Monday, October 30, 2006

Germany plans to punish cancer patients who failed to undergo timely screening

The BMJ reports that Germany plans to penalise cancer patients who failed to undergo regular screening. That's very much in line with the country's policy to charge dental patients higher rates who failed to have regular check-ups.
The argument is obviously that these patients had a good chance to prevent getting seriously ill, yet they chose not to do so by omitting to undergo screening. Timely detection of early stage cancer and early intervention dramatically reduce serious illness and death.
Invariably such a drastic policy has its critics. Hazel Thornton writes on that such a policy
'intrudes on an individual`s right to refuse an imperfect intervention that can result in false negative and false positive diagnoses; can lead to gross over-treatment; to psychological harm and false categorisation as `cancer patient`.'
Thornton's argument misses the obvious point that the harmful effects of some false negative and false positive diagnoses are by far outweighed by the majority of correct diagnoses resulting into early treatment. Of course, patients are entitled to refuse such testing, but surely if they do, it is not unreasonable to ask them to compensate other tax payers for the additional cost their behaviour is causing.

post scriptum: Given that this blog has no discussion forum, I have decided to post the below reply to this blog (with permission by the person posting it).
Your post on screening seem to imply that it is always cost-effective. Yet I haven't seen any numbers from you other than vague statements of how risks can justify the benefits. Have you done any calculations? You have to factor in that
1) cost of screening of millions of people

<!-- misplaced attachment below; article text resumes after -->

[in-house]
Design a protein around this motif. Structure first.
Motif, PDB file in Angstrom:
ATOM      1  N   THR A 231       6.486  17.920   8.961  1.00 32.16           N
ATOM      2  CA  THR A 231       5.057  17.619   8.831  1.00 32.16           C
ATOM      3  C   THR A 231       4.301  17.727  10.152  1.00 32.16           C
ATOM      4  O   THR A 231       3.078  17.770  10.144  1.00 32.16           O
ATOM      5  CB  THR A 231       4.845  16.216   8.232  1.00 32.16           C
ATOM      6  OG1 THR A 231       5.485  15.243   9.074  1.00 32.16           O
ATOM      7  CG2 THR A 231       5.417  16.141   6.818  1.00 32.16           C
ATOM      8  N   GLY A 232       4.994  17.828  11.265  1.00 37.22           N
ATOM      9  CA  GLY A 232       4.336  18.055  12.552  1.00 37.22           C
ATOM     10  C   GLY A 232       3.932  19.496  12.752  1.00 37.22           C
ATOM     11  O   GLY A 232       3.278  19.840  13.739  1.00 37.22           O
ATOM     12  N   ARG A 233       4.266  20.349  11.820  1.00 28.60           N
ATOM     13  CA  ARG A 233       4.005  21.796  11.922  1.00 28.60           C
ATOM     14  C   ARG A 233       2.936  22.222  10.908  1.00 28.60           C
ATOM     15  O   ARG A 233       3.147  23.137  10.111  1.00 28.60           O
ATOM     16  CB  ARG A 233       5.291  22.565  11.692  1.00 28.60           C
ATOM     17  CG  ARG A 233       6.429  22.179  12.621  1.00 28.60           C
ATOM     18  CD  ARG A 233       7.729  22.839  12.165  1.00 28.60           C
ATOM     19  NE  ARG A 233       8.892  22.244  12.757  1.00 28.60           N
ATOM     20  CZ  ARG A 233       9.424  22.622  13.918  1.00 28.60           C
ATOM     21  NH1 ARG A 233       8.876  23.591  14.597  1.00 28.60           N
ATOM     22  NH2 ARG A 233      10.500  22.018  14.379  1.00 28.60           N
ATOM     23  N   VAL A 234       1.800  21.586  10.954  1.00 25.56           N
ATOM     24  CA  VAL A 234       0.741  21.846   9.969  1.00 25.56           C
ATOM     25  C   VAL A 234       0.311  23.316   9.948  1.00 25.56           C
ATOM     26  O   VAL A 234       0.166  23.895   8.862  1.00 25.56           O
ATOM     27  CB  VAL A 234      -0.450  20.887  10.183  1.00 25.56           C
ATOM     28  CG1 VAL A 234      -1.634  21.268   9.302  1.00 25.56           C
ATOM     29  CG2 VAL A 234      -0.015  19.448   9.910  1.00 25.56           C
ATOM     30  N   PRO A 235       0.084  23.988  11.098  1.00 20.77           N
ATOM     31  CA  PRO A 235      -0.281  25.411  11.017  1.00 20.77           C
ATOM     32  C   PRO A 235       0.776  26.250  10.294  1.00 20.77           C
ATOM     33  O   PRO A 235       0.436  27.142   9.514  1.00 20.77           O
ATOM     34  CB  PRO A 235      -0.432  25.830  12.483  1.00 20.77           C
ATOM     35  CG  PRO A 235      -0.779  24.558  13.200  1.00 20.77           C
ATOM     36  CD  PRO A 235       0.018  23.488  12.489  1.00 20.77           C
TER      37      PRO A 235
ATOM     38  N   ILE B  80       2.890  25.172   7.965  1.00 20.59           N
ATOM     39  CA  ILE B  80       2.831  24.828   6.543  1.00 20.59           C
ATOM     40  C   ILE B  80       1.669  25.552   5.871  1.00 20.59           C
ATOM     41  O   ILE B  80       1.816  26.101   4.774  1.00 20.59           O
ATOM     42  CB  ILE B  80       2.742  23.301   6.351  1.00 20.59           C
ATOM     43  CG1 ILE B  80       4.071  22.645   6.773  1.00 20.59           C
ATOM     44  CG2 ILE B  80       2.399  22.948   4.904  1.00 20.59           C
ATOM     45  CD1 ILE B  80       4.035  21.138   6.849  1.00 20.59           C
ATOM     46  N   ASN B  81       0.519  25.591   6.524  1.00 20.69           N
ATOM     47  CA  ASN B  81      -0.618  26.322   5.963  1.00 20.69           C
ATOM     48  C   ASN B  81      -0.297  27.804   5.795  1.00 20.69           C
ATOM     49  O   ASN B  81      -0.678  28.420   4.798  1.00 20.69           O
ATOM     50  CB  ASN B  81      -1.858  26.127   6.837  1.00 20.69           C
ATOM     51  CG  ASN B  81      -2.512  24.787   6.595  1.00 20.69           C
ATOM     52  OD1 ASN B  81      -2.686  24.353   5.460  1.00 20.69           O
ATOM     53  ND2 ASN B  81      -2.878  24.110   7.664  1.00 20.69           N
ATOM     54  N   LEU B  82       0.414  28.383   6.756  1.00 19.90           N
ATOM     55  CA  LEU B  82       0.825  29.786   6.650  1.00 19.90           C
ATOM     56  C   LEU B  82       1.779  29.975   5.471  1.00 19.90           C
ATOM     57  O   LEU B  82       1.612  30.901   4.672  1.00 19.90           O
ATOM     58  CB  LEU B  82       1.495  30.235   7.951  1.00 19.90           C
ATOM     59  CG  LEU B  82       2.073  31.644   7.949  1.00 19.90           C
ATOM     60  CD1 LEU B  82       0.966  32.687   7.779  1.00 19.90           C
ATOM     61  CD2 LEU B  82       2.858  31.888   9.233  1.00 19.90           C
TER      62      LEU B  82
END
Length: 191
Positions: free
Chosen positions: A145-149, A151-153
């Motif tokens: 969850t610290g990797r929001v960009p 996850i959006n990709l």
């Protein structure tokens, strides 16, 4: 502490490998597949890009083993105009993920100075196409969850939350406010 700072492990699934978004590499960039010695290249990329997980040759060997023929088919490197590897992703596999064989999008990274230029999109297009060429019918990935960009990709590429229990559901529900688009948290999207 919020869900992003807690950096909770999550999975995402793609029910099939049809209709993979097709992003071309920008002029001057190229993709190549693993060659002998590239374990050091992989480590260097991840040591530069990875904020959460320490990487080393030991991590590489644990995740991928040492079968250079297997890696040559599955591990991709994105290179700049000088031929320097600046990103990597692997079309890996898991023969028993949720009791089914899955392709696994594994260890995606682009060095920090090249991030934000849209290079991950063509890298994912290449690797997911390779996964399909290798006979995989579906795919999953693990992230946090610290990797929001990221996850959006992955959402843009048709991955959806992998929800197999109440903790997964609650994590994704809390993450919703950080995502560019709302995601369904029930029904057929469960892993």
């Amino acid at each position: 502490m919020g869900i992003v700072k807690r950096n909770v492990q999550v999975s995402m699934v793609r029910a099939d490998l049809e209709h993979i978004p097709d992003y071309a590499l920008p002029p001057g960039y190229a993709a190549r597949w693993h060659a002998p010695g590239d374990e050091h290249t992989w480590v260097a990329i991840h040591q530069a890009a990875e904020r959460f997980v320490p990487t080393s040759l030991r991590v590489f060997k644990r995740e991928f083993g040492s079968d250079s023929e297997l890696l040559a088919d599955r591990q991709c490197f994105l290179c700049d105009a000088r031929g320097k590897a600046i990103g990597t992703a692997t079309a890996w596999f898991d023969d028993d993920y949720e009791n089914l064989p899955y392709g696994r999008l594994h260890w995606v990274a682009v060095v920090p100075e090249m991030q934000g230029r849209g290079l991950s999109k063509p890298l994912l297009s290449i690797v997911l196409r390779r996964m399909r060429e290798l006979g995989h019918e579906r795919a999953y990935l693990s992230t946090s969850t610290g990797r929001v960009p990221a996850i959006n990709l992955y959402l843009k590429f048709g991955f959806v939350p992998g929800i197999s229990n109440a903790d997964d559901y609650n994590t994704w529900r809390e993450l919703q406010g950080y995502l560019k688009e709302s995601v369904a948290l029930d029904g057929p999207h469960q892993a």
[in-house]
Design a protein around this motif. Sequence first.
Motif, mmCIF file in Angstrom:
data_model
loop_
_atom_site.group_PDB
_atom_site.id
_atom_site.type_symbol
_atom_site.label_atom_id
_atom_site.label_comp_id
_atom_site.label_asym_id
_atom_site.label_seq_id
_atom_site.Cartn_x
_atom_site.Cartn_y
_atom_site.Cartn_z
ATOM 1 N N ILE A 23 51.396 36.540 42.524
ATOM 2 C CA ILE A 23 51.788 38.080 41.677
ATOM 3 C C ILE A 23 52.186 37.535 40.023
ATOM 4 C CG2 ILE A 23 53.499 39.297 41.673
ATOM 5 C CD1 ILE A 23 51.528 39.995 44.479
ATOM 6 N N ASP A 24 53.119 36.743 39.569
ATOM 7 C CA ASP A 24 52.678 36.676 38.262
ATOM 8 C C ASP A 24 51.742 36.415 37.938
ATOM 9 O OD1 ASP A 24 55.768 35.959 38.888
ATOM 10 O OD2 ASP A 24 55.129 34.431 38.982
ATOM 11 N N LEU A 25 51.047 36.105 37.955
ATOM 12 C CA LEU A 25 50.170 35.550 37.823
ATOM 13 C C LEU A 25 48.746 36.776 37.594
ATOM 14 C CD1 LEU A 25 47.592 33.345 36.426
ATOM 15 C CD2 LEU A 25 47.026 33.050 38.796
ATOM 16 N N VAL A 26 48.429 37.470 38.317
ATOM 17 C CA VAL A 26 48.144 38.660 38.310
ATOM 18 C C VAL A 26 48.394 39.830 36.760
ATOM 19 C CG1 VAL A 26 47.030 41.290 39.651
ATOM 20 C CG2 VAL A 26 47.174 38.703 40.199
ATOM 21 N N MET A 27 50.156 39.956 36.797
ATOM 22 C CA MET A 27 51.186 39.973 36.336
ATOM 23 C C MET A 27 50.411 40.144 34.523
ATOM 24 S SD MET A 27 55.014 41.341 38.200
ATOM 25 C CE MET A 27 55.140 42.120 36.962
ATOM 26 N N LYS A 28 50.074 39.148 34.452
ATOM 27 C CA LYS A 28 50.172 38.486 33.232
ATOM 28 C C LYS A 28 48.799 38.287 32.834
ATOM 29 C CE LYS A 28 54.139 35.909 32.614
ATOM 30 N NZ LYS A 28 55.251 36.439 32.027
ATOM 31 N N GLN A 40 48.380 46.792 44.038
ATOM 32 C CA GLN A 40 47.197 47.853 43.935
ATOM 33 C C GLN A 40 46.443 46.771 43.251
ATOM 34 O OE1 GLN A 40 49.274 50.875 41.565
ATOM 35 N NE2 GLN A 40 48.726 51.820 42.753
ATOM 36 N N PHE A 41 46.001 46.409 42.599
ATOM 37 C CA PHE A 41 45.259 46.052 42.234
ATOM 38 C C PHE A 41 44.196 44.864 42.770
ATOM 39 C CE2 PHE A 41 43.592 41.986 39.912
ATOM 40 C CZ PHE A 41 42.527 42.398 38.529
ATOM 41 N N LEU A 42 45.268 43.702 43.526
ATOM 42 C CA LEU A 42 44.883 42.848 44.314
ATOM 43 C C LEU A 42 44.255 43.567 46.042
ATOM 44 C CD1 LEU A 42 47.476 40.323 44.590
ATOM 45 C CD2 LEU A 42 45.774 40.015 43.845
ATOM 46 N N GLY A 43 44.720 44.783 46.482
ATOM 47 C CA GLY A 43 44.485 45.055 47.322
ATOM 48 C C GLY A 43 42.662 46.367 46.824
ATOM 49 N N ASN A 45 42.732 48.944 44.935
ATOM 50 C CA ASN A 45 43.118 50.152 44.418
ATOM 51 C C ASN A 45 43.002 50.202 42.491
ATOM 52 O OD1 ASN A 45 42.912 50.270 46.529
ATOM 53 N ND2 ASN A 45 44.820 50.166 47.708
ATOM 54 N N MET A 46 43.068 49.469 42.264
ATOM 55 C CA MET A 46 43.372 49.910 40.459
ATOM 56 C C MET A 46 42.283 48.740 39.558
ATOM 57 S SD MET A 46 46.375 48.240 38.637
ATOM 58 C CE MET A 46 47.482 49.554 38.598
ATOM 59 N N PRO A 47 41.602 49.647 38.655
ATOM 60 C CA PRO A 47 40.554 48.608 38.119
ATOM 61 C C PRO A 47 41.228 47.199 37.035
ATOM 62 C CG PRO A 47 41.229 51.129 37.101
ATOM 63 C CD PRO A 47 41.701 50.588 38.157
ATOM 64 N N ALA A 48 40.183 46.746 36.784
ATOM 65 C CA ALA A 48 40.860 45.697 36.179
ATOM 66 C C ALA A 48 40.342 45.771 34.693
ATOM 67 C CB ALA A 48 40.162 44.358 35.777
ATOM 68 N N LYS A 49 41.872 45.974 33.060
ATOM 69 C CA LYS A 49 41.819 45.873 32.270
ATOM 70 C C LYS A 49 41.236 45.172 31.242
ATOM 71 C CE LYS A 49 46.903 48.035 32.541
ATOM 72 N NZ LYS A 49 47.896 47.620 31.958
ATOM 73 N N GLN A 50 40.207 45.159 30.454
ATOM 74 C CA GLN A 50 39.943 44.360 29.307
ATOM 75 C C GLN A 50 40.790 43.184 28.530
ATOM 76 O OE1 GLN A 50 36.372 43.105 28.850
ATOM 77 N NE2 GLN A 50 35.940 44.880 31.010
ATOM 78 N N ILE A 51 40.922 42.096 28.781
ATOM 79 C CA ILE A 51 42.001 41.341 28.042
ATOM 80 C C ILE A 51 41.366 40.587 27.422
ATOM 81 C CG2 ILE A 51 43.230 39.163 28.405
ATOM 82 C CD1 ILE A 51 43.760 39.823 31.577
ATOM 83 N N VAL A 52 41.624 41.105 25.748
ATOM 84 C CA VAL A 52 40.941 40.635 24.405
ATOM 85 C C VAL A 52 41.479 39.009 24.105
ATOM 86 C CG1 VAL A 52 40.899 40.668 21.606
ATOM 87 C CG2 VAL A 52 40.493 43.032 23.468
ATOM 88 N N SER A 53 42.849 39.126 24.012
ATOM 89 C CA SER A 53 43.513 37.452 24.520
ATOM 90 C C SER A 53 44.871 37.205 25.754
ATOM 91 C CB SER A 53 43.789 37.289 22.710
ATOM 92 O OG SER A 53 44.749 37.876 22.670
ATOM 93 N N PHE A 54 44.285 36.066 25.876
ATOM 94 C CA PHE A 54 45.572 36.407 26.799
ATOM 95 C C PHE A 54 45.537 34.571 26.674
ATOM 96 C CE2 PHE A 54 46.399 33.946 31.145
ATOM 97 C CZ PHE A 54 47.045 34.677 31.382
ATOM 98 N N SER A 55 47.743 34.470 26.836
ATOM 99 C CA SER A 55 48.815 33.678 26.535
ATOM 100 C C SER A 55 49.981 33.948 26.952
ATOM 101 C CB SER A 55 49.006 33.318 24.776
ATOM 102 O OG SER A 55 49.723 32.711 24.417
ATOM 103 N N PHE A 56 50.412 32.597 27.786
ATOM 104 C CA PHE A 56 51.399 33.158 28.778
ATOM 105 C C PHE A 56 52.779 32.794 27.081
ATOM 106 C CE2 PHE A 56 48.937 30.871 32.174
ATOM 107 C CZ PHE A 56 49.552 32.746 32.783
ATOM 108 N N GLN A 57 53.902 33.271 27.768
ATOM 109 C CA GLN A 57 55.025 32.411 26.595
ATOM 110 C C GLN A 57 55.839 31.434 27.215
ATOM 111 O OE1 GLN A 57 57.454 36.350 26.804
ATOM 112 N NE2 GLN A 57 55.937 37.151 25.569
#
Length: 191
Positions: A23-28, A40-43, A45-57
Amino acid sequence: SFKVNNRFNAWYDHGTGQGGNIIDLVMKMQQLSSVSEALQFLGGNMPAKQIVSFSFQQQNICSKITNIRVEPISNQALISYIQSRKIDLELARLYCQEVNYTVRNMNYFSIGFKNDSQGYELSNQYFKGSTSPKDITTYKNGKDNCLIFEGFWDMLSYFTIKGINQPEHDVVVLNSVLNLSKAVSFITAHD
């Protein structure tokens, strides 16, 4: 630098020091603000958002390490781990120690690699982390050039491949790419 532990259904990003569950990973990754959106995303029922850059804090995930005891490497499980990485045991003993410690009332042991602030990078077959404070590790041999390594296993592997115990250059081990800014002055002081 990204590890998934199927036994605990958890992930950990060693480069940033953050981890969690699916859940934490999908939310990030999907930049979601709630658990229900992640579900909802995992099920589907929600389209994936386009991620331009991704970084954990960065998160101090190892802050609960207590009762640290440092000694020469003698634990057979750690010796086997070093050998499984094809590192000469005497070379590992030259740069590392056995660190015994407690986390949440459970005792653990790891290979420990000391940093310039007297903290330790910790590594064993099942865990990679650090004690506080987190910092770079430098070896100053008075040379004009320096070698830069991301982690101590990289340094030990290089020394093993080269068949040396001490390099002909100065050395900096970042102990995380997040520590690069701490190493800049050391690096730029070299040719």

2) cost of false positives and invasive tests
3) cost of overdiagnosis - i.e. cost of treatment of people whose cancer wouldn't have caused any problems in their lifetime
4) cost of longer treatment for aggressive cases that are not helped by the treatment other than increase the time after diagnosis (at the expense of time before) (read up on lead-time bias if you don't understand what I am talking about here).
Do you know statistics at least a little bit? Do you understand the difference between relative risk and absolute risk reduction? Do you have a clue about how many people need to be tested for one person to benefit? Do you know that for every person whose life is prolonged, several are treated unnecessarily and may have life shortened as a result?

Do you know that you have a higher chance of being diagnised with some cancers if you are screened? Are you aware that because of false positives and overdiagnosis lots of popular screenings are not even remotely cost-effective because cost of screening+cost of treatment for overdiagnosed cases+ cost of false positives is significantly greater than the savings on less treatment for few?

You can take mammograms as one example and do your math. You can use numbers from this article ( which many consider overly optimistic - the mortality reduction listed in this article is way higher that what USPSTF used and about 4 times more optimistic than more recent Cochrane review (from October this year). If German government is using cost to justify their plans - they are way off. Insurance companies had to be forced to pay for screening because unlike German government they can do their math.

The balance of benefit and harm for most screening tests is not as clear cut as you think it is. Few peolple benefit tremendously from it, but some are hurt. It'd be nice to have some proof of cost effectiveness before you start penalizing people for not doing it.


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